The state Declaration[s] of Rights obviously are different, so Delaware's different from Maryland's. New York doesn't have one, Rhode Island would be different. And so, the idea is that the citizens in each of these states have the right to create whatever government they want and so there is no need for a national Bill of Rights when the Articles of Confederation is formed because it is nothing more than the creation of the states, the sovereign states.

    One of the frustrations in studying the Bill of Rights is that you would expect to go to the Annals of Congress and find a full discussion of people defending the freedom of religion or attacking the fact that it's too expansive a guarantee of individual liberties and things like that, but it's not the case. There seems to have been a consensus at the First Congress as to what a Bill of Rights should be, similar to the Declaration of Rights on the states.

    So Madison is elected to the Congress and becomes an outspoken advocate of the adoption of the Bill of Rights by Congress.

    What he did was to take all of the proposed amendments, something like 200 proposed amendments, and he separated them out. So what he cleverly did was to take all of those that went to the structure of the government and ignored them and he went to the others that guaranteed individual liberty and he incorporated them into his proposals. Madison doggedly insists that this thing be done and ultimately prevails.

    I think Congress sent something like 17 amendments to the Senate in the final report and then the Senate—which met in secret session so we have no idea what they said—they stripped off, for instance, those amendments proposed by Madison to limit the states to protect such things as trial by jury, freedom of the press, and freedom of conscience. There were 12 amendments that were proposed by Congress and only 10 of which were immediately ratified in 1791.

  • What I notice is the first word, "Congress." "Congress shall make no law." And when you compare this to the English Bills of Rights, the English Bills of Rights restrict the power of the King. And the American Bill of Rights, somewhat ironically, restricts the power of Congress. It's ironic because what was done is create a republican form of government where we vest Congress with enormous authority, but we're saying that Congress is the most likely entity to violate our liberties. On the one hand, we have enormous confidence in the power of Congress to represent the will of the people, but on the other, we are looking at Congress as a potential abuser of liberty.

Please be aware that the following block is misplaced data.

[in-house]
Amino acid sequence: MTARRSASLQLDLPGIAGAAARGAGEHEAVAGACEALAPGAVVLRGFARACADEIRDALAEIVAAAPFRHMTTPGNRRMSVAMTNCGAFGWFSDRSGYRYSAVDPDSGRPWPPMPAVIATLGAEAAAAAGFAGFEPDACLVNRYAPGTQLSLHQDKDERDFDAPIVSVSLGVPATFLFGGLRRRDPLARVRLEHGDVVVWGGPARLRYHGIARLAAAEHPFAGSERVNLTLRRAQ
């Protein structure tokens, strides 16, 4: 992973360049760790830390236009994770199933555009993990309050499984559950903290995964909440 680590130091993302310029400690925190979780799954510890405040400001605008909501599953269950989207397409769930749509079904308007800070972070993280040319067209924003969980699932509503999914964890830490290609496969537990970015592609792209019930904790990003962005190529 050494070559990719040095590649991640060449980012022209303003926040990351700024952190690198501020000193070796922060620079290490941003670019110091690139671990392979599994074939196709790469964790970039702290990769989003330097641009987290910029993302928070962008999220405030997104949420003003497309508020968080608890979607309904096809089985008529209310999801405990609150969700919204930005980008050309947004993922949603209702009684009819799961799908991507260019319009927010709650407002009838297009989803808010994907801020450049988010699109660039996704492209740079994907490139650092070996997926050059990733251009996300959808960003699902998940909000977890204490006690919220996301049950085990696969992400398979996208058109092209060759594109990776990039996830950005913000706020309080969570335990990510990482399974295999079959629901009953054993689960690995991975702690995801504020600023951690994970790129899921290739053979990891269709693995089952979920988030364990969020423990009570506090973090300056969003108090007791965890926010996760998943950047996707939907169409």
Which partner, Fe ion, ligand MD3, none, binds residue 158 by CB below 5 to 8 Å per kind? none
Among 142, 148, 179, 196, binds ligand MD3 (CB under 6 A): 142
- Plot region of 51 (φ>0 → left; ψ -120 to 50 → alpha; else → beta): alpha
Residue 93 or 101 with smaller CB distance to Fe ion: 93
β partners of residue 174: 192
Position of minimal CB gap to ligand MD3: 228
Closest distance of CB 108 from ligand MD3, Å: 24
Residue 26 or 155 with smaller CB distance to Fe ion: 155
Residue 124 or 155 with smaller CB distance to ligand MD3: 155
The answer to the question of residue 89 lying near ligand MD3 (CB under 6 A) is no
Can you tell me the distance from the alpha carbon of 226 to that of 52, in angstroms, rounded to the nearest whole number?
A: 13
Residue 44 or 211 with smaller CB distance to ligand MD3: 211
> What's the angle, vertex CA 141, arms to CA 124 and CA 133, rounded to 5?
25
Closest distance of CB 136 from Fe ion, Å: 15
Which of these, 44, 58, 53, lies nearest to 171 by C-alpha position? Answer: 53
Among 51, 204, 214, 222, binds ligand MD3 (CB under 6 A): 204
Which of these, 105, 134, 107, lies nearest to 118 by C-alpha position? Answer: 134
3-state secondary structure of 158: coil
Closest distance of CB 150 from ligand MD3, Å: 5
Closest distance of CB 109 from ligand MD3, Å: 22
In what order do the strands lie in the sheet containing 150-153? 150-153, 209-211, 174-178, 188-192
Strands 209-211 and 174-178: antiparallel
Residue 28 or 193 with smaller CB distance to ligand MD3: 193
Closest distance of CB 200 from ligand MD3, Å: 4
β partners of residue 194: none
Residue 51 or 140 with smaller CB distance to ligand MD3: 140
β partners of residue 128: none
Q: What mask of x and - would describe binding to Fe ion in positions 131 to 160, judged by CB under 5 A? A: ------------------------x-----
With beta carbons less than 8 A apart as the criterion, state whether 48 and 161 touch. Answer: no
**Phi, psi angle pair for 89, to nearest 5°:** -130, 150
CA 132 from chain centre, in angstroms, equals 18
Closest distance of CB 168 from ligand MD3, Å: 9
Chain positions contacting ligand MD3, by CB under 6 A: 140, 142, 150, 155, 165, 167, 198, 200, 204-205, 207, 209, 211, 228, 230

If you look at the verbs and you compare it, say, to the Maryland Constitution, the Maryland Constitution says, "the House of Delegates ought not," "should not." In this, it says, "shall." And if you look at the verb throughout the Bill of Rights or in the Constitution itself, there's an absolute prohibition. It "shall not do this."

    There's a tremendous amount of litigation that is represented in the Fifth Amendment—the double jeopardy clause something we are all familiar with, which is if you've been tried and found innocent, you cannot be brought on the same case before another court. Or you cannot be compelled to be a witness against yourself and self-incrimination.

    The due process clause directly relates to an English protection. Article IV of the English Petition of Rights, stated that no man should be put out of his land or tenements nor taken nor imprisoned nor disinherited nor put to death without being brought to answer by due process of law. And so the due process clause is a direct descendant of that, as are many other provisions in the Bill of Rights.

    Following the Civil War, African American citizens were not given due process rights by the various states which resulted in the 14th Amendment being passed which would protect their rights, their liberties, as citizens of the United States against the abuse of the state.

    One of the most confusing things in my mind about the Bill of Rights is who does it limit. A good example of this is the case that would be decided in 1833 called Barron v. Baltimore. The issue here was the fact that the City of Baltimore in its collective wisdom was improving the streets in Fells Point and the owner of a wharf discovered that every time it rained, his wharf was getting silted up more and more. The issue was whether or not the City owed him money for destroying his wharf.

    He lost in the state courts and so being very inventive, what he did was to sue in federal court and he argued that this was a "taking without compensation" and violated his Fifth Amendment rights. So it makes it way to the Supreme Court and Justice Marshall says that you don't have a cause of action because the Bill of Rights says, "Congress shall make no law"; it doesn't say that the states shall make no law. So the Barron v. Baltimore stands for the proposition that the federal Bill of Rights only attaches against federal government action and you cannot go against the states.